I hate plastics, need some suggestions

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latazyo

Grisled
Original poster
Sep 17, 2002
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I have a very natural looking brackish tank, but all the plants are fricken plastic, and they bring the tank down, are there ANY plants that can survive in brackish (we're at about 1.008 spec grav, not sure if that's important)

my substrate is sand, also not sure if that's important

my lighting is a regular bulb that came with the hood, but I won't mind upgrading IF NEEDED

thanks in advance to anyone that can help me out

Leighton :confused:
 

OrionGirl

No freelancing!
Aug 14, 2001
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Poconos
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Sheila
Most plants won't do well in a brackish tank--nor will they survive the attentions of many BW fish.

However, you can try some of the anubias plants--they are hardier, and have lower light requirements. I'd start with one, and then get more if it's doing well a month later.

Another option you could try would be silk plants. Many places are using silk now--it looks more natural than plastic, and is easily arranged and cleaned. Make sure the silk plants don't have any exposed metal (used for rigidity), as this will quickly rust in your tank. Otherwise, they look better than plastic, IMO.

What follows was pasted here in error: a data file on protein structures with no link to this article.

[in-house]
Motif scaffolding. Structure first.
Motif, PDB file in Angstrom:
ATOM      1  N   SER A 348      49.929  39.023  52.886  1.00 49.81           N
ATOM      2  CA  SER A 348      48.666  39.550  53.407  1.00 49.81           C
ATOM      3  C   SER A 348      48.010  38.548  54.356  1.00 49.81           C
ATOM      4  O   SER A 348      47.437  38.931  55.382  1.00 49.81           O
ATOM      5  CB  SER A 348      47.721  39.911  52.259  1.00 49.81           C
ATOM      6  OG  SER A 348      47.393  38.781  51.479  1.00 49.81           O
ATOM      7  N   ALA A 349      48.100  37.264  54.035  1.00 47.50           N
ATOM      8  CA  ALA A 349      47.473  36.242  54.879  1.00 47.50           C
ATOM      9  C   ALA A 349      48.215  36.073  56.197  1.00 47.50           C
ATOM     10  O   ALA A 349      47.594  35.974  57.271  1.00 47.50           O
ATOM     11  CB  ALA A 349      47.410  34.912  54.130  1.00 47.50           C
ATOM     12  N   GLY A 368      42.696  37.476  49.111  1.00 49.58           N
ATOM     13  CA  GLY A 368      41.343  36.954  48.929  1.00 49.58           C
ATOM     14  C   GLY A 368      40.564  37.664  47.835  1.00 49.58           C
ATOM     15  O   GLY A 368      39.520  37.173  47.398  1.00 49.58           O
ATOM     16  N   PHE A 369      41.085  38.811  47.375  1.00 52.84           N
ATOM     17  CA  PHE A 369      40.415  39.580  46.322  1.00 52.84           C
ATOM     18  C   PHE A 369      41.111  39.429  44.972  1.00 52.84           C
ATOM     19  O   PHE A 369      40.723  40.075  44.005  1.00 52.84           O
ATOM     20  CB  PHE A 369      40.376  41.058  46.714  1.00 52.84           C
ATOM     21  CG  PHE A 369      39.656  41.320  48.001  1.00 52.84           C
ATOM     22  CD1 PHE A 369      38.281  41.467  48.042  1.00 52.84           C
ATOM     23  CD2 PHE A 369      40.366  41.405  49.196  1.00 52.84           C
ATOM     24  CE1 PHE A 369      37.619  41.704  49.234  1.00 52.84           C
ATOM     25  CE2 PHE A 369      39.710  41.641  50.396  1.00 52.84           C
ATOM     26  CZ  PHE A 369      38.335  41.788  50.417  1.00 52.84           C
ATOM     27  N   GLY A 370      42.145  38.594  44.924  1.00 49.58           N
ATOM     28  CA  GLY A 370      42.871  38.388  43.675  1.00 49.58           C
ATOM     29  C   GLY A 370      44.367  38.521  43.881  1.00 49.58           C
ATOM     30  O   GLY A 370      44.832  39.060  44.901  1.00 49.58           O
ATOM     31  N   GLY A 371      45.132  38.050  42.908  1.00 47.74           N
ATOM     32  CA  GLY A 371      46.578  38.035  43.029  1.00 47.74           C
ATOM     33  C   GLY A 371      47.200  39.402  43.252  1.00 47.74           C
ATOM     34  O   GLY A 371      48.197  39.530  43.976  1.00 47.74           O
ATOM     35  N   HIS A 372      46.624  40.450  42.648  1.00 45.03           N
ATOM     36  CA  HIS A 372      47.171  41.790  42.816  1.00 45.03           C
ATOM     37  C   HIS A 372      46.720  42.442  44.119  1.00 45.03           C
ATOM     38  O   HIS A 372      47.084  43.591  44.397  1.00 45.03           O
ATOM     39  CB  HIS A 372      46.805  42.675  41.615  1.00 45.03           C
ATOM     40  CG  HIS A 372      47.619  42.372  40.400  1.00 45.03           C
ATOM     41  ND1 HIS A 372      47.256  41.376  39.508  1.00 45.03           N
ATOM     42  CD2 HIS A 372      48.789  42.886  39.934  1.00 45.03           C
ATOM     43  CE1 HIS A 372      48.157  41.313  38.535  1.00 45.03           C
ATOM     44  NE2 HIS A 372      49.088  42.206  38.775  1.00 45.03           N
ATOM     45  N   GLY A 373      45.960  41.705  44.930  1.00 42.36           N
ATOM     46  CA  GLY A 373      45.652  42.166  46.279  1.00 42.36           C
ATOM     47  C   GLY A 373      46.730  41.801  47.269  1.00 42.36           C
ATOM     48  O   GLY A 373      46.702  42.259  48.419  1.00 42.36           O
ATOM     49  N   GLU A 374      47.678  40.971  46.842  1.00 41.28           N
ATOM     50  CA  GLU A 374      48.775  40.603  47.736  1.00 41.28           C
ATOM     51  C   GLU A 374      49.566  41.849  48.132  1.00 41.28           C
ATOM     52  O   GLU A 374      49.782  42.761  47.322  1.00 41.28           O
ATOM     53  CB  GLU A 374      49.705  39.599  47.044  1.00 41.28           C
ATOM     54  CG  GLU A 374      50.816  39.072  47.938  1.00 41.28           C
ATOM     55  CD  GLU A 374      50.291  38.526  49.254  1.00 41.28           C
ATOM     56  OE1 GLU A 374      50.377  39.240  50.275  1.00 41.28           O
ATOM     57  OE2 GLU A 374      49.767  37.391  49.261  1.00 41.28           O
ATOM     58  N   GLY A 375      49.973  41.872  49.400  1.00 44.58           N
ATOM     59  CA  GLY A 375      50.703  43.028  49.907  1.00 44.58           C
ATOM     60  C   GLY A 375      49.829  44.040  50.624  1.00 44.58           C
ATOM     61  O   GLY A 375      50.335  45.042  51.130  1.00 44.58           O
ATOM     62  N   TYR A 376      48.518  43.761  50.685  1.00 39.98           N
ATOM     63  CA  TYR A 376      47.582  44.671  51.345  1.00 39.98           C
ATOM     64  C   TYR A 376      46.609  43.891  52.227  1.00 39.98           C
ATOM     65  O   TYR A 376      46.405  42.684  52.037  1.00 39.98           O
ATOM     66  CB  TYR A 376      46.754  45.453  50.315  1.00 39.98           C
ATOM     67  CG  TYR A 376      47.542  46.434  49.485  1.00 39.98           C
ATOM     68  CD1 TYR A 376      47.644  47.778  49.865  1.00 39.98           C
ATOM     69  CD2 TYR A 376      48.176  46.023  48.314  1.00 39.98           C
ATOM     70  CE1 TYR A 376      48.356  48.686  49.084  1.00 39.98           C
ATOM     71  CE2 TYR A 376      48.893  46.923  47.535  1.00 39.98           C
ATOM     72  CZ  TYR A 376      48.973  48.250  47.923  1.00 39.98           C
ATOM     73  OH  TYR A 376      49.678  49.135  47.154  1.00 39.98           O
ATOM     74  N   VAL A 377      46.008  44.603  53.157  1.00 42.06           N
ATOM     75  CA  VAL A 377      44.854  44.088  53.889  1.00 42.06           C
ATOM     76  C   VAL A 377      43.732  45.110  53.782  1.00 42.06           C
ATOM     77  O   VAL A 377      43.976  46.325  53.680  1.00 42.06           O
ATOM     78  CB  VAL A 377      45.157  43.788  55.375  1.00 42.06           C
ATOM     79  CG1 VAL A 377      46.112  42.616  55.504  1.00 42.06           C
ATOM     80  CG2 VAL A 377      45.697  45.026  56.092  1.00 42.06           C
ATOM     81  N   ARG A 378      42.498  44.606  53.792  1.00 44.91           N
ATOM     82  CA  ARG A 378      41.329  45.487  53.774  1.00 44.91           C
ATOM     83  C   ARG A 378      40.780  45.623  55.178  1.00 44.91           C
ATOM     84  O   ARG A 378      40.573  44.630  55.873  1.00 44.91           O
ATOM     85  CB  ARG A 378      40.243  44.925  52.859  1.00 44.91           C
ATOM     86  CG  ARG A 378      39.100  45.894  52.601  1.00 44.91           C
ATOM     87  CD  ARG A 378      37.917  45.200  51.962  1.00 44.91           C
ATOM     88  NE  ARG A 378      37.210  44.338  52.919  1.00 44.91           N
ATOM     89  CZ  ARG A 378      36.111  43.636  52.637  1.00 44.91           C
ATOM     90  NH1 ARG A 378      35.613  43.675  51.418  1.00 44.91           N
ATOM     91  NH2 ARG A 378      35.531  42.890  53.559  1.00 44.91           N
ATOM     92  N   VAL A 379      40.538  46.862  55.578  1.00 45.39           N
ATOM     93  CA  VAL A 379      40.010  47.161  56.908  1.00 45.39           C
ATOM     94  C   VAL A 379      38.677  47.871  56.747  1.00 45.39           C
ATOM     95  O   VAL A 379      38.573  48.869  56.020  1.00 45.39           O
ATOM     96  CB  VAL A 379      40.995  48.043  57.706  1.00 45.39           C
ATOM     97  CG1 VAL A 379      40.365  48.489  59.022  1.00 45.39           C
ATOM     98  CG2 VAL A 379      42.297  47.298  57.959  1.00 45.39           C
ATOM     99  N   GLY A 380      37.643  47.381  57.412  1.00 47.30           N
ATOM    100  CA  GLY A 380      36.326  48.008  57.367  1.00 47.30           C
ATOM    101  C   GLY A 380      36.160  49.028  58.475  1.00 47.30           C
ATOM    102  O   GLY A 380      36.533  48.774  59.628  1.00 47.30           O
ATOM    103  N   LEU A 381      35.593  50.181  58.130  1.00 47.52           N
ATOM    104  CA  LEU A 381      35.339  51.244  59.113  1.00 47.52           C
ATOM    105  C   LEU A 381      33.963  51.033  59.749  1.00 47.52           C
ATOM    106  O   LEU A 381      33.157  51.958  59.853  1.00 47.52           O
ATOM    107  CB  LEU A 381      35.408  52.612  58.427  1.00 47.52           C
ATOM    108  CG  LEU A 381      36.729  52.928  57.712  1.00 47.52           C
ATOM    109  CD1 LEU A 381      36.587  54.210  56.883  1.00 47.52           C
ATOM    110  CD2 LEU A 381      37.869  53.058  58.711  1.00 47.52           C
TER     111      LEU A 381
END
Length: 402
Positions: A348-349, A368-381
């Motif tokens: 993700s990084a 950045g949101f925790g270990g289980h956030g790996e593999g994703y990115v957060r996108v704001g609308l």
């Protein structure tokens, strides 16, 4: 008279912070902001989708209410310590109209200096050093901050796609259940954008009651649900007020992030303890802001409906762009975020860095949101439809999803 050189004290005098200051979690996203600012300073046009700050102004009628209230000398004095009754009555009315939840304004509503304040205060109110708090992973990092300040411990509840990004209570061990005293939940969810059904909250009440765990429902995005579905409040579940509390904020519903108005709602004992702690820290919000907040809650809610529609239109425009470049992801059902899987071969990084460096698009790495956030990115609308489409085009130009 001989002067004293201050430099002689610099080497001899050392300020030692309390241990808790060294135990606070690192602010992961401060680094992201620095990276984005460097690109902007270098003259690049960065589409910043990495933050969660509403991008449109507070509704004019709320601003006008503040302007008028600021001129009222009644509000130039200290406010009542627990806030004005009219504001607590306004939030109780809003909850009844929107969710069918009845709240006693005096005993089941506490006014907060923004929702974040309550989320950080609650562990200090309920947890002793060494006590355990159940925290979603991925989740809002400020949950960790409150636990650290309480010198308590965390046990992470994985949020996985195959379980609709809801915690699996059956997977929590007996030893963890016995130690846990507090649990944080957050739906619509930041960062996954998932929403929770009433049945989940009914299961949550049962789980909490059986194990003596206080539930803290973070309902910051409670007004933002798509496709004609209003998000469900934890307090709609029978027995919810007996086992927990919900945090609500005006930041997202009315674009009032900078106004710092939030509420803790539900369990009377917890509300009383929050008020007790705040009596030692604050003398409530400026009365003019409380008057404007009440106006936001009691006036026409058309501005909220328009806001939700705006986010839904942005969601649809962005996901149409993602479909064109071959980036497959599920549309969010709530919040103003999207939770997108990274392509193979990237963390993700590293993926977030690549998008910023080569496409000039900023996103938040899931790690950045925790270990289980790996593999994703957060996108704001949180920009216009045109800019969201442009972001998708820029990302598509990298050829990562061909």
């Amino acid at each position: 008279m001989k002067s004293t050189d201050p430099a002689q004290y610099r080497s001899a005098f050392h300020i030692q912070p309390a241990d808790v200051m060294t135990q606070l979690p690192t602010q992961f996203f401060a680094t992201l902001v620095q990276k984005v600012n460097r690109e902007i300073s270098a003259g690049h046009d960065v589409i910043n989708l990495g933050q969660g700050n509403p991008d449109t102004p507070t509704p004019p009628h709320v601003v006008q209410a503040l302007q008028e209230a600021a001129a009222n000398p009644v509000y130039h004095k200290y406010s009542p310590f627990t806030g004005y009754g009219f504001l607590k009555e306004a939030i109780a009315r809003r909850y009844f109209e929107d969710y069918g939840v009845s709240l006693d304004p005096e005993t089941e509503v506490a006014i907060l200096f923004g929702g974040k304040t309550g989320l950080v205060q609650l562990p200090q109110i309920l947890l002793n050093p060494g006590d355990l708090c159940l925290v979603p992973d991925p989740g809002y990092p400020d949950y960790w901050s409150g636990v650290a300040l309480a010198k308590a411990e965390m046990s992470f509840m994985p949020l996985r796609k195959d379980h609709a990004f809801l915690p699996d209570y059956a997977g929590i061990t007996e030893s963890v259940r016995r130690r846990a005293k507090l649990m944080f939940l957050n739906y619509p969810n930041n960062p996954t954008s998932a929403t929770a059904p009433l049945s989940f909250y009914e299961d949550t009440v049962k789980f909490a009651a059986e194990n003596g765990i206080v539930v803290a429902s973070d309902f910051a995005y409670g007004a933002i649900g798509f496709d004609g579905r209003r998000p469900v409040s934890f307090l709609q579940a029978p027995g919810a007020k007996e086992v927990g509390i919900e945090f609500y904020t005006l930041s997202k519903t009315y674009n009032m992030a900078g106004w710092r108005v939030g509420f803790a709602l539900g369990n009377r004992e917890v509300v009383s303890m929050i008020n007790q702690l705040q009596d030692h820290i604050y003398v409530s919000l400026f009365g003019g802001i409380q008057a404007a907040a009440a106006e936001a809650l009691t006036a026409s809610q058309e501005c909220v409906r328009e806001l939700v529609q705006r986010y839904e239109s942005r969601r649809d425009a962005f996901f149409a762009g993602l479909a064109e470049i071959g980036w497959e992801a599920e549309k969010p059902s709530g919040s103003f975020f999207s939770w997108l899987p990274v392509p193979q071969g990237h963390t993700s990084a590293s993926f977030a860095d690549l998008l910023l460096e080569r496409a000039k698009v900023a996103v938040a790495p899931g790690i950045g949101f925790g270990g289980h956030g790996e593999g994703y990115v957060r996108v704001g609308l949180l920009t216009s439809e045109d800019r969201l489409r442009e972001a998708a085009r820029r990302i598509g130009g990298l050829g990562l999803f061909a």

val

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Oct 18, 2002
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Eastern Shore, Maryland
Leighton,

I agree with Orion Girl about the various silk plants that are out there. I use them in both of my GF tanks.

As for plants, depending on the tank, you could try mangroves. They need to grow above the water (there's a word for this, post-emergent, or something like that), but their roots definitely do well in brackish waters. I'd go to a nursery and special order mangroves, but it can be done.

Val
 

Ranger

AC Members
Jun 20, 2001
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Everett, WA
I think Java fern might be a good plant to try, it has moderate light requirements and I've head that it does well in hard water. It also has a distinction that you don't plant it but rather attach it to a rock or piece of wood, so your substrate isn't a big issue. But the big advantage with cichlids or bracks is that it can be "re-arranged by fish " or owner without uprooting the plant.

Try here too http://www.disky-design.dk/fish/PlantSearch/PlantSearch.html
 

Richer

AC Members
Aug 7, 2002
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Edmonton, AB
You might have a problem finding plants that will survive in water with a gravity of 1.008. I believe the upper limits of many FW plants is about 1.005 (although I could be wrong).

Try java fern, I've heard of people have success with this plant. They are easy to maintain as well, just tie them to a rock and put it in your tank. They can thrive in low lighted systems.

HTH
-Richer
 
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